Dear HAWC friends,

I hope you’ll join me and everyone at the Houston Area Women’s Center (HAWC) as we celebrate National Hispanic Heritage Month, when we honor the history, culture, and achievements of Hispanics in our nation.

I came to Houston from the beautiful borderland community of El Paso, Texas in 1992 for my first job as a bilingual counselor at HAWC. As a young Latina, Indigenous woman, I was excited to learn more about the city’s Hispanic population. I found and fell in love with a community, diverse in cultural backgrounds and history. I found a people with a shared heritage who also recognized the complexity of identity. I am grateful to the community for nurturing my two daughters, Gina and Veronica, who now use their voices as Native American and Latina feminists. I feel privileged that our story is now a part of the Houston Hispanic community’s story of survival, resilience, and triumph.

For thirty years, I have worked to end domestic and sexual abuse and have had the opportunity to serve on numerous local, state and national boards, committees, and task forces. As the Deputy CEO, I now have the pleasure of working alongside great leaders and community partners and have the great privilege of leading a staff dedicated to our clients’ safety and self-determination.

October is Domestic Violence Awareness Month and is a great opportunity to highlight the important work HAWC does to support Hispanic survivors in our community.

Domestic violence impacts everyone and crosses all socioeconomic, religious, and cultural lines. It is a public health crisis that disproportionately impacts women and women of color from communities harmed by historical and ongoing oppression.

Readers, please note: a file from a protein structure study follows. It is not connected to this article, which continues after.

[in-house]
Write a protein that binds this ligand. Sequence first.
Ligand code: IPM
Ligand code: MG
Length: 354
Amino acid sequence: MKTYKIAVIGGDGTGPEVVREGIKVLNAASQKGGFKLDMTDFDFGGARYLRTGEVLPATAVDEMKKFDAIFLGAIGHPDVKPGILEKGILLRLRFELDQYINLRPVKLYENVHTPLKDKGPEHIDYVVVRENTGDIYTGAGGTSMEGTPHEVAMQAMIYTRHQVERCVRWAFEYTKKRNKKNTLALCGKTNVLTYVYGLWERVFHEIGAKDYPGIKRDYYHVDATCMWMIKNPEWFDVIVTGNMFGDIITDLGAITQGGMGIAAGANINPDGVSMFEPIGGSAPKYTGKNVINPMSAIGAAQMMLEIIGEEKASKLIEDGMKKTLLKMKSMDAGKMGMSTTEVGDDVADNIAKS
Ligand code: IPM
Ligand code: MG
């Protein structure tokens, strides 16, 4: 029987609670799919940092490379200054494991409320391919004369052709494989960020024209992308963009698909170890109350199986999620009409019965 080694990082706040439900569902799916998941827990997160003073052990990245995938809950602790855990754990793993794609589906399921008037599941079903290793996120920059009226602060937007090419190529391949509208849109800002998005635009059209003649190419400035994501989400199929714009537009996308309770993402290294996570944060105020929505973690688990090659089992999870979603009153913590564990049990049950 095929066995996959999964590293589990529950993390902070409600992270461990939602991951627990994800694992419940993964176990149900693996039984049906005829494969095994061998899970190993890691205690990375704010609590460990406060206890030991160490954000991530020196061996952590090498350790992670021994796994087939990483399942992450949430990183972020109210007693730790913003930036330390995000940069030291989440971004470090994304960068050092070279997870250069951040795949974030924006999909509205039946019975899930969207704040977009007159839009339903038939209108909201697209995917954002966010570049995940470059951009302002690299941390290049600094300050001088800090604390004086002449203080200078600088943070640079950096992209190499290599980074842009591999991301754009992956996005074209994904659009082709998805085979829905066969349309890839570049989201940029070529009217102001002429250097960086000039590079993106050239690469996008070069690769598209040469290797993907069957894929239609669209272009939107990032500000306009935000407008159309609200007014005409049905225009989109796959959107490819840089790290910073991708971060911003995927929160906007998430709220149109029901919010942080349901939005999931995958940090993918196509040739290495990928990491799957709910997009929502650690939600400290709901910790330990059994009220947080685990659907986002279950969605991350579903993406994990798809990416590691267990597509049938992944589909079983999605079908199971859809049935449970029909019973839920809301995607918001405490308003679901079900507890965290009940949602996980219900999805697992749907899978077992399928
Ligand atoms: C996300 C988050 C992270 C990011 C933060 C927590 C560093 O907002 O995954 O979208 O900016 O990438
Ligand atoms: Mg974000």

Hispanic survivors often do not seek help and face barriers when they attempt to flee. Immigrant survivors may often experience severe abuse when they arrive and are exceedingly vulnerable due to fear of deportation and language limitations.

As I reflect upon my 30-year career at HAWC, I see how my own growth and evolution has mirrored that of the organization. HAWC started education programs specifically targeting the Hispanic community in 1991 – and advocacy efforts on their behalf were integrated into our work. As our city’s Hispanic population has grown and further diversified, so too has HAWC’s client base.

Today, HAWC’s client base is 50% Hispanic. In response, our staff is 44% percent bilingual and bicultural.

I am proud that HAWC has a herstory of creating meaningful connections to diverse Hispanic groups. We seek to understand each survivor’s unique cultural challenges as they relate to domestic and sexual violence. We know that we must continue to center the voices of the community in the development, implementation, and evaluation of all our programs. We must be proactive and responsive to the structural inequities Latina survivors experience and acknowledge that the intersection of race and gender bias leads to increased victimization.

We can’t do it alone. It is only through enhanced authentic collaboration that we identify, respond, and prevent domestic and sexual violence. We are grateful for our many community partners who recognize that these crimes impact families, neighbors, and entire communities. Together, we are collaborating on solving the problem by being effective changemakers in every population we serve.

Gracias for your vital and ongoing apoyo during this very special month,

Sonia Corrales
Deputy CEO
Houston Area Women’s Center

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